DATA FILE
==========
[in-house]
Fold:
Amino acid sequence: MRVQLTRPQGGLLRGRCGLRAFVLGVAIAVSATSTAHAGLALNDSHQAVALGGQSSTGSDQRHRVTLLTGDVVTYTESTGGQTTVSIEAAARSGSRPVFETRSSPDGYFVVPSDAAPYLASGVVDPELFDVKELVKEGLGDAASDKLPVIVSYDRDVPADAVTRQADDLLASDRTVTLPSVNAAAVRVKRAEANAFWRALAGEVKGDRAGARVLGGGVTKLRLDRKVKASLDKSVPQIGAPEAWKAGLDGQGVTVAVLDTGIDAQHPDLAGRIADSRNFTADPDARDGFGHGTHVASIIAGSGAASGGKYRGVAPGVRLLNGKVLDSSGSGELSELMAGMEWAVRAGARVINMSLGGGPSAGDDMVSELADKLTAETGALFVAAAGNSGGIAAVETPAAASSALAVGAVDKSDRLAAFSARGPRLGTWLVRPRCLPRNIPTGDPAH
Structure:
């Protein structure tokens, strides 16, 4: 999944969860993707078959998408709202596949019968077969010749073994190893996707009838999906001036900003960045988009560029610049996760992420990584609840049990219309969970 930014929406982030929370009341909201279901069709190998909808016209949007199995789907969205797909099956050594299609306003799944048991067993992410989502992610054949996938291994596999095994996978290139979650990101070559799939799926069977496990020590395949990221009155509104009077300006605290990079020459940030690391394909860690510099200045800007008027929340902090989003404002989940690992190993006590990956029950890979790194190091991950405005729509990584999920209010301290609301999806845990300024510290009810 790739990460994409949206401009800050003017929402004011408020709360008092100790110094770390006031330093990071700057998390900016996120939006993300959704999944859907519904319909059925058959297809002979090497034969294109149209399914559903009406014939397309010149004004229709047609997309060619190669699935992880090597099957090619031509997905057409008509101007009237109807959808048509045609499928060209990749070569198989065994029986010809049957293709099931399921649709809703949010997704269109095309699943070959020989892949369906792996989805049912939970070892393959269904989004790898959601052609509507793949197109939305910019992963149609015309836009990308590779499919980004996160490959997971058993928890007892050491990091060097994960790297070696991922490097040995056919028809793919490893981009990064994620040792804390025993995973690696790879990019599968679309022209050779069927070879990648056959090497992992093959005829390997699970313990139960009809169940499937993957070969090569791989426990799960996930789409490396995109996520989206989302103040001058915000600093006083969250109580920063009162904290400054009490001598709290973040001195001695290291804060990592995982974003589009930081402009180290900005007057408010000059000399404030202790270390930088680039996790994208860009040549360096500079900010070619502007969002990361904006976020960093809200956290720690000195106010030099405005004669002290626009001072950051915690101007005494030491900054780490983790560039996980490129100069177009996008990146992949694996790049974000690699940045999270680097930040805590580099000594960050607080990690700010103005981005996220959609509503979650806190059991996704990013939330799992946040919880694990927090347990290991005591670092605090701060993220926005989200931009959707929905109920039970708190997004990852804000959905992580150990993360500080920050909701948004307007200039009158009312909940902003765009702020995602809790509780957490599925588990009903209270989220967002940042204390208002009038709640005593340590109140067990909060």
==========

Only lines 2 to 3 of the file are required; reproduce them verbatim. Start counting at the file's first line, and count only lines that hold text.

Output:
Fold:
Amino acid sequence: MRVQLTRPQGGLLRGRCGLRAFVLGVAIAVSATSTAHAGLALNDSHQAVALGGQSSTGSDQRHRVTLLTGDVVTYTESTGGQTTVSIEAAARSGSRPVFETRSSPDGYFVVPSDAAPYLASGVVDPELFDVKELVKEGLGDAASDKLPVIVSYDRDVPADAVTRQADDLLASDRTVTLPSVNAAAVRVKRAEANAFWRALAGEVKGDRAGARVLGGGVTKLRLDRKVKASLDKSVPQIGAPEAWKAGLDGQGVTVAVLDTGIDAQHPDLAGRIADSRNFTADPDARDGFGHGTHVASIIAGSGAASGGKYRGVAPGVRLLNGKVLDSSGSGELSELMAGMEWAVRAGARVINMSLGGGPSAGDDMVSELADKLTAETGALFVAAAGNSGGIAAVETPAAASSALAVGAVDKSDRLAAFSARGPRLGTWLVRPRCLPRNIPTGDPAH